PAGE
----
weirdwalthamstow

All You Read is Love pop-up bookshop/cafe review

In Uncategorized on January 26, 2014 at 9:31 pm

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So two weeks in a row I get to be a cool hunter and comment on what the Twitterati are gabbling about!

All You Read is Love is a bookshop/cafe that seems to have been opening for over a year now. They’ve been active online for some time. The first I recall hearing of them was during last year’s food festival in the Summer. They were intending to open a Scandinavian bookshop/cafe… and that never seemed to happen. Which is odd as the recently opened 56 and Lavender Village openings have shown there are plenty of small retail units available around the stow within easy reach of the High Street.

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As part of the councils jolly positive pop-up business plan AYRIL have opened for three weeks in a council owned shop in Hoe Street along from the junction with Church Hill. We went there when Massis tea and a cake stall set up for a couple of weeks, which were nice. AYRIL have made much more of an effort fitting the shop – obviously no structural changes but hey have added lots of art and furnishings to make it more cosy and personalised. Very much in the shabby chic style favoured by 56 and the Chequers pub. Hopefully there will be a business opening locally with really nice furniture for a change! Still, the style is very homely.

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I went with my partner and her parents for lunch.Most of us went for the salmon rolls which had a lovely soft cheese and came in a quality crusty roll. My partner went for the crisp bread with jam. They also do other fillings for rolls, hummus and a salad. Not a huge selection but well done. I didn’t get an opinion on the coffee but unlike 56 last week they did have Earl Grey tea!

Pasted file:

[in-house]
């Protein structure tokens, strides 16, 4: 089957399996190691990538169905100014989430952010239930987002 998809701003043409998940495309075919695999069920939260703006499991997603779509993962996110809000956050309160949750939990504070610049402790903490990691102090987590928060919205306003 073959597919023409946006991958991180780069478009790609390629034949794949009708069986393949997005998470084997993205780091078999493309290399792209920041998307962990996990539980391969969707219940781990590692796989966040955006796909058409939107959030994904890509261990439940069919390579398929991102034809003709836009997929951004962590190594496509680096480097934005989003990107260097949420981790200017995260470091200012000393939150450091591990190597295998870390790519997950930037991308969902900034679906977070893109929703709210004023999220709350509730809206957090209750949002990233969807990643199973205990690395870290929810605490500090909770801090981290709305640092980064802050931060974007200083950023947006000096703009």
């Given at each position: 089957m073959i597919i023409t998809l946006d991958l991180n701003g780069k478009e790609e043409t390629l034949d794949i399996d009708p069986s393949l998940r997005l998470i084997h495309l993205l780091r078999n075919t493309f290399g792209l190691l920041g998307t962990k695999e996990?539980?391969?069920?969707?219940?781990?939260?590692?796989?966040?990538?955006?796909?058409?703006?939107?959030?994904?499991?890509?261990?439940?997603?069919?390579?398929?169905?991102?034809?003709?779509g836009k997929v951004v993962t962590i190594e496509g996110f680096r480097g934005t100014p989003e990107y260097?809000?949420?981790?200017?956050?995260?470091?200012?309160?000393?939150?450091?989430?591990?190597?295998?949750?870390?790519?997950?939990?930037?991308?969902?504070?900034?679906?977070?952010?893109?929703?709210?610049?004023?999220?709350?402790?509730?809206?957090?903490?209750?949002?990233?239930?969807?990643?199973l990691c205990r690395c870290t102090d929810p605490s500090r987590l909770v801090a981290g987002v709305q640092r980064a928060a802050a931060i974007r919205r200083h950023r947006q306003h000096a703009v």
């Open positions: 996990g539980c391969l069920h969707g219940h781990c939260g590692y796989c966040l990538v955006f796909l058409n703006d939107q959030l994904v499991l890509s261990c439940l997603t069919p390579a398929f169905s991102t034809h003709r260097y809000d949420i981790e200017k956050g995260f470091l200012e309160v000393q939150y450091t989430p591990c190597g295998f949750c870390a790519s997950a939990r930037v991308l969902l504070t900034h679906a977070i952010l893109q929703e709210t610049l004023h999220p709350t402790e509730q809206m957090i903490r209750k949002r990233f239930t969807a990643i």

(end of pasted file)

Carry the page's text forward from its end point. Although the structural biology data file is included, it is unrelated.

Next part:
One of us had a lovely looking cheese cake. I say ‘looking’ as it wasn’t me; after seeing it I wish it was.

They also had Kopperberg ciders and Mikkeller ales. In keeping with the Nordic theme but I was surprised they had an alcohol licence.

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They had a number of books for sale. There was one bookcase of second hand books and two opposite with new books. Unlike most shops which mix new and old stock I really appreciated that they had separated the two. For me as a reader I like to know which I’m buying. While the second hand case was a mix the new looked to focus on crime (especially the fashionable ‘Scandewegian’ genre) and a number of classic novels. My partner said it couldn’t be a proper Scandinavian bookshop without Moomin books. We found some at the back, so AYRIL has full credentials!

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I can see AYRIL being a success as a cafe. They just have to find good premises for a permanent basis. As a bookshop I don’t think they’ll worry Waterstones. They have a distinct focus on book type; I’d love to see them having promotional events to promote new, unknown authors in those genres.

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